School of Computing

Programming Languages and Systems: PhD Studentships

This projects are merely suggestions and illustrate the broad themes of the research group. Potential research students are encouraged and welcome to produce their own suggestions in these research areas or other research areas in the field. All applicants are invited to contact the head of the group, Andy King, if they are considering an application.

Garbage Collection for Very Large Heaps

Contact: Professor Richard Jones

Despite 50 years of research into automated memory management (a.k.a. 'garbage collection'), new applications and new contexts continue to throw up challenges. One such challenge is posed by very large servers supporting modern applications such as Twitter, etc. Stopping the world to collect a heap of tens or hundreds of gigabytes will pause applications for seconds or several minutes - this is not acceptable. While it is reasonably straightforward to build a mostly concurrent collector that does not move objects, this renders large and long running systems vulnerable to fragmentation. However, almost all mainstream Java VMs have to stop the world to compact memory.

In this research project, we will investigate how to manage very large heaps, without fragmentation and without having to stop the world to compact. It is envisioned that the project will encompass a range of techniques including static analysis of Java programs, compiler optimisations and novel garbage collection algorithms.

Architecting Resilience in Self-Adaptive Software Systems

Contact: Rogerio de Lemos

This project will look into the provision of assurances to self-adaptive software systems, and how this can be achieved through dynamic processes. Depending on the expected system resilience, evidence should be collected during run-time, and which should be associated with the one collected during development-time, in order to build up arguments that a system is acceptably resilient in a certain operational context. Process should assume a key role since these should be dynamically generated according to the required level of resilience associated with the system.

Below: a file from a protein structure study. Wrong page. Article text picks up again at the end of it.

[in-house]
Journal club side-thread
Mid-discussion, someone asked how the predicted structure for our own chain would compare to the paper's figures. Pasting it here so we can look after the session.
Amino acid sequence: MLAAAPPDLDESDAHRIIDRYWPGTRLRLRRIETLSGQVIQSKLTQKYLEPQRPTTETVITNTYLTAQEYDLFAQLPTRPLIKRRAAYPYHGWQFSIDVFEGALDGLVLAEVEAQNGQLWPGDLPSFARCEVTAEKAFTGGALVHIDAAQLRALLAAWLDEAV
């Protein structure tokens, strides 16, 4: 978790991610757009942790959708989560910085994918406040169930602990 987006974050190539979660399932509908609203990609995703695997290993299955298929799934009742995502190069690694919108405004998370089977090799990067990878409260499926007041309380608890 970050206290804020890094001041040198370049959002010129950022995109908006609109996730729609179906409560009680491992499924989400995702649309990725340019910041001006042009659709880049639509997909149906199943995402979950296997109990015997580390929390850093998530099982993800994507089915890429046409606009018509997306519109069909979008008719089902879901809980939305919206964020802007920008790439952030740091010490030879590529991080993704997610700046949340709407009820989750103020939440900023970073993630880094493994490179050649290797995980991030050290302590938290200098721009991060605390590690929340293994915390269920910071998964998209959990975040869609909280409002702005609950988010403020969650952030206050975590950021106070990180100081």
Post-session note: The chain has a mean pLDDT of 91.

CRS Compilation via Nested Types

Contact: Stefan Kahrs

Combinatory reduction systems are fairly hard to implement correctly and efficiently, because a simple implementation will be inefficient because it uses repeated renamings of bound variables (de Bruin index adjustments), while an efficient one has a hard task to get the renamings right. However, the de Bruin indices can be expressed through nested types too which would guarantee (a large part) of the correctness of the renaming. The task is to bring these two worlds together.

Contracts for Communicating Erlang Processes

Contact: Olaf Chitil

Erlang is a concurrent functional programming language designed by Ericsson with dynamic process creation and asynchronous message passing. The aim of the research project is first to define a language for expressing properties of process creation and communication, for example communication protocols. These properties are expressed as contracts that state which program part to blame if the property does not hold. Contracts shall prevent many concurrency-related runtime errors but still allow common Erlang programming patterns. The second challenge is to devise methods for checking these contracts. Checking could be either statically at compile time or dynamically at run-time. Static type systems have been defined on top of the dynamically typed Erlang language, but these concentrate on the traditional, non-concurrent aspects of the language. The project will build on a wide area of previous research on type systems, tracing, dynamic and static contracts for functional languages and session types.

Extending the Concept of Dependability Case to Address Resilience

Contact: Rogerio de Lemos

A resilient system is a system that is able to deliver service that can justifiably be trusted, when facing changes, in other words, the system has to be dependable when facing changes. Similar to dependability cases, which is based on the concept of safety cases, a resilience case could be seen as a clear and defensible argument that a system is acceptably resilient in a certain operational context. What distinguish the operational context of a dependable system from that of a resilient system are the changes that might occur to the environment of the system, to the system itself and its requirements. The challenge now is how to define a dynamic operational context, instead of a very particular operational context, which has been the basis for producing safety cases. Relying on existing work on dependability and safety cases, the aim of this work is to define what should be a resilient argument, and how a collection of these could be use to build a resilient case.